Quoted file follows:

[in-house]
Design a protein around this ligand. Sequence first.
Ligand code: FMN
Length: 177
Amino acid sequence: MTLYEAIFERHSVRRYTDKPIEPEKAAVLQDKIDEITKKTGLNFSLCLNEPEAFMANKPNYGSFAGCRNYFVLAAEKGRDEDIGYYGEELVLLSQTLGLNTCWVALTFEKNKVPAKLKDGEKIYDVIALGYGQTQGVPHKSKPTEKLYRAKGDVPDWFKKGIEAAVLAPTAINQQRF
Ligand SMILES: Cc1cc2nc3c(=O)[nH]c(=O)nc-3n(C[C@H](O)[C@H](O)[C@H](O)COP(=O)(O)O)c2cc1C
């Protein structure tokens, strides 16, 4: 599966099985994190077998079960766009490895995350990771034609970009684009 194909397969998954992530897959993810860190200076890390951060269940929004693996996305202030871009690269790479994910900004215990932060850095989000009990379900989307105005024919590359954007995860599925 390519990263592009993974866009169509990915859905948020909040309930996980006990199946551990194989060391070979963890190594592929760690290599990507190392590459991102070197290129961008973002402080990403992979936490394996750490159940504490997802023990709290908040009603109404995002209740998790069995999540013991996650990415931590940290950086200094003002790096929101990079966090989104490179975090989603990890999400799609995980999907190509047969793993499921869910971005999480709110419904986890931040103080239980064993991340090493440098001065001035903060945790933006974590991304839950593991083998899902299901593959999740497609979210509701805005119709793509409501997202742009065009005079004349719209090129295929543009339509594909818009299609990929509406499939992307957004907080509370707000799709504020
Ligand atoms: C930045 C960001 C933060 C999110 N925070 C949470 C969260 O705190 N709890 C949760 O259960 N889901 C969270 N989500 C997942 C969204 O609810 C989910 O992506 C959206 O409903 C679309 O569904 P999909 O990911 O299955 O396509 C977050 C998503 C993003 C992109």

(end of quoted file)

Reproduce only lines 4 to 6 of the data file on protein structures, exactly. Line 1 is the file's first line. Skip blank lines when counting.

Length: 177
Amino acid sequence: MTLYEAIFERHSVRRYTDKPIEPEKAAVLQDKIDEITKKTGLNFSLCLNEPEAFMANKPNYGSFAGCRNYFVLAAEKGRDEDIGYYGEELVLLSQTLGLNTCWVALTFEKNKVPAKLKDGEKIYDVIALGYGQTQGVPHKSKPTEKLYRAKGDVPDWFKKGIEAAVLAPTAINQQRF
Ligand SMILES: Cc1cc2nc3c(=O)[nH]c(=O)nc-3n(C[C@H](O)[C@H](O)[C@H](O)COP(=O)(O)O)c2cc1C